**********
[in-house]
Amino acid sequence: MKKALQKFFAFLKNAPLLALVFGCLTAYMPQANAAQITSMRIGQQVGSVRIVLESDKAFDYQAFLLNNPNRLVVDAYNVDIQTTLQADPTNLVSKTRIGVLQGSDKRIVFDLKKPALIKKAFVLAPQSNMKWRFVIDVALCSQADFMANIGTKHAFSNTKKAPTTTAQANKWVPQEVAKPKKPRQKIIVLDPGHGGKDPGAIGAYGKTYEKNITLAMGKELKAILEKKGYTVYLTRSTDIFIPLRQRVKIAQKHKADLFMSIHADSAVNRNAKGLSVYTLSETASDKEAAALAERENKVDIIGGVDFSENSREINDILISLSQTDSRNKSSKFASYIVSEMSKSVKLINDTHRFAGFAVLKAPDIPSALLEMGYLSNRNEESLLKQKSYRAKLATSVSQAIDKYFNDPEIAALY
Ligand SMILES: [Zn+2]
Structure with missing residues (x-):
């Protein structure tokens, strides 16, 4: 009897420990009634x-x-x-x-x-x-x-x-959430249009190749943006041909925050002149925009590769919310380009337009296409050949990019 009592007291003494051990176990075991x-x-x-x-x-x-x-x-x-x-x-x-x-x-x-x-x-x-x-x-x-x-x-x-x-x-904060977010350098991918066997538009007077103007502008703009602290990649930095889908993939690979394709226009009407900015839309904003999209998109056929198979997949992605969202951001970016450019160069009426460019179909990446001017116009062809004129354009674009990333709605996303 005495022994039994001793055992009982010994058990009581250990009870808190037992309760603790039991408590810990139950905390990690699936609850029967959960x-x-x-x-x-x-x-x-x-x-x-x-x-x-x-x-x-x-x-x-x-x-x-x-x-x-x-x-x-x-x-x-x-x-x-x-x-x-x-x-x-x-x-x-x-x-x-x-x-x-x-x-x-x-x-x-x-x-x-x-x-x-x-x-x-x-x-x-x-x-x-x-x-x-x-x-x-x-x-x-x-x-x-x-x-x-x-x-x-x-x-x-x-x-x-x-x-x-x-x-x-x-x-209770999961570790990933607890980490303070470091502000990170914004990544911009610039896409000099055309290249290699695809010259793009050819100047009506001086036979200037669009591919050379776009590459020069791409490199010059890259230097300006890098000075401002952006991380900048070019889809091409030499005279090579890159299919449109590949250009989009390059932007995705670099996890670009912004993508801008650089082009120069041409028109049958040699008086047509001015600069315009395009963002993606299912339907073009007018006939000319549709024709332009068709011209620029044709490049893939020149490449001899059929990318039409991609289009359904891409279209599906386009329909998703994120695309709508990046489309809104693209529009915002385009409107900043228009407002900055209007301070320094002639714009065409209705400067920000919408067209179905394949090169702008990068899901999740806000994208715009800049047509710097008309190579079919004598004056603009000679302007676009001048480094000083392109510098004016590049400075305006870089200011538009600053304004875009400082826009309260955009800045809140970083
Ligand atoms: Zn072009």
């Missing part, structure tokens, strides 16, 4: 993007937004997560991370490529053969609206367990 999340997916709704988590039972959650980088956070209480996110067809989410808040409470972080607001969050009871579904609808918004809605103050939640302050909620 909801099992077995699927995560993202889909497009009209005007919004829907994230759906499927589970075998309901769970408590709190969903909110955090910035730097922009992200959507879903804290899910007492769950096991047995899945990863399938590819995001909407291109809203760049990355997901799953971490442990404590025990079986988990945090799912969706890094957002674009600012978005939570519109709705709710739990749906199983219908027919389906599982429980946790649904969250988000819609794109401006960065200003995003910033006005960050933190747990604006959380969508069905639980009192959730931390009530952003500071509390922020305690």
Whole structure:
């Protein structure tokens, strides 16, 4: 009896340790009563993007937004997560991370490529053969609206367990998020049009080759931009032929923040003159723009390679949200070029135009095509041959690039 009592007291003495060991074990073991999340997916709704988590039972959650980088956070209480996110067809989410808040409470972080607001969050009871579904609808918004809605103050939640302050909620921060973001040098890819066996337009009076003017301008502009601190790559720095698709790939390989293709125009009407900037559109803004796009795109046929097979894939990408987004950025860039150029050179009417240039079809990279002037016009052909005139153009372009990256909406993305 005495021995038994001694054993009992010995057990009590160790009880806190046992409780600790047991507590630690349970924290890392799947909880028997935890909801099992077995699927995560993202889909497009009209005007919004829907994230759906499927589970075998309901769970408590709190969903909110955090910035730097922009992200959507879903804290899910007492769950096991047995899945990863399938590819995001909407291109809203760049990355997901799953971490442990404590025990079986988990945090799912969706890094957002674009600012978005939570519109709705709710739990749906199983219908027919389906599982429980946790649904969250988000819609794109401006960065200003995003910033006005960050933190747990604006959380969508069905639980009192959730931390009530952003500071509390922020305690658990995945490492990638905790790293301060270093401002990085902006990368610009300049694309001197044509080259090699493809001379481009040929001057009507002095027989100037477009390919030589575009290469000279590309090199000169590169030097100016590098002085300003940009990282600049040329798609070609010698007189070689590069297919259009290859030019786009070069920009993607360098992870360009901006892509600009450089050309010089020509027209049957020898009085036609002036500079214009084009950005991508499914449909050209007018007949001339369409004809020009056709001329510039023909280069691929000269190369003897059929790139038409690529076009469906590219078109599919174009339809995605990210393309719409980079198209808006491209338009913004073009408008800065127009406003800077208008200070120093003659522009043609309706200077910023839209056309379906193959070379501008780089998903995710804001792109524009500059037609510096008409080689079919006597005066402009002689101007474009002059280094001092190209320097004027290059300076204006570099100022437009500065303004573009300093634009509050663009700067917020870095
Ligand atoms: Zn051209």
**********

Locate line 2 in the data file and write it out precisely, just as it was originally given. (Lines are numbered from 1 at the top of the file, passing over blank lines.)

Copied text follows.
Amino acid sequence: MKKALQKFFAFLKNAPLLALVFGCLTAYMPQANAAQITSMRIGQQVGSVRIVLESDKAFDYQAFLLNNPNRLVVDAYNVDIQTTLQADPTNLVSKTRIGVLQGSDKRIVFDLKKPALIKKAFVLAPQSNMKWRFVIDVALCSQADFMANIGTKHAFSNTKKAPTTTAQANKWVPQEVAKPKKPRQKIIVLDPGHGGKDPGAIGAYGKTYEKNITLAMGKELKAILEKKGYTVYLTRSTDIFIPLRQRVKIAQKHKADLFMSIHADSAVNRNAKGLSVYTLSETASDKEAAALAERENKVDIIGGVDFSENSREINDILISLSQTDSRNKSSKFASYIVSEMSKSVKLINDTHRFAGFAVLKAPDIPSALLEMGYLSNRNEESLLKQKSYRAKLATSVSQAIDKYFNDPEIAALY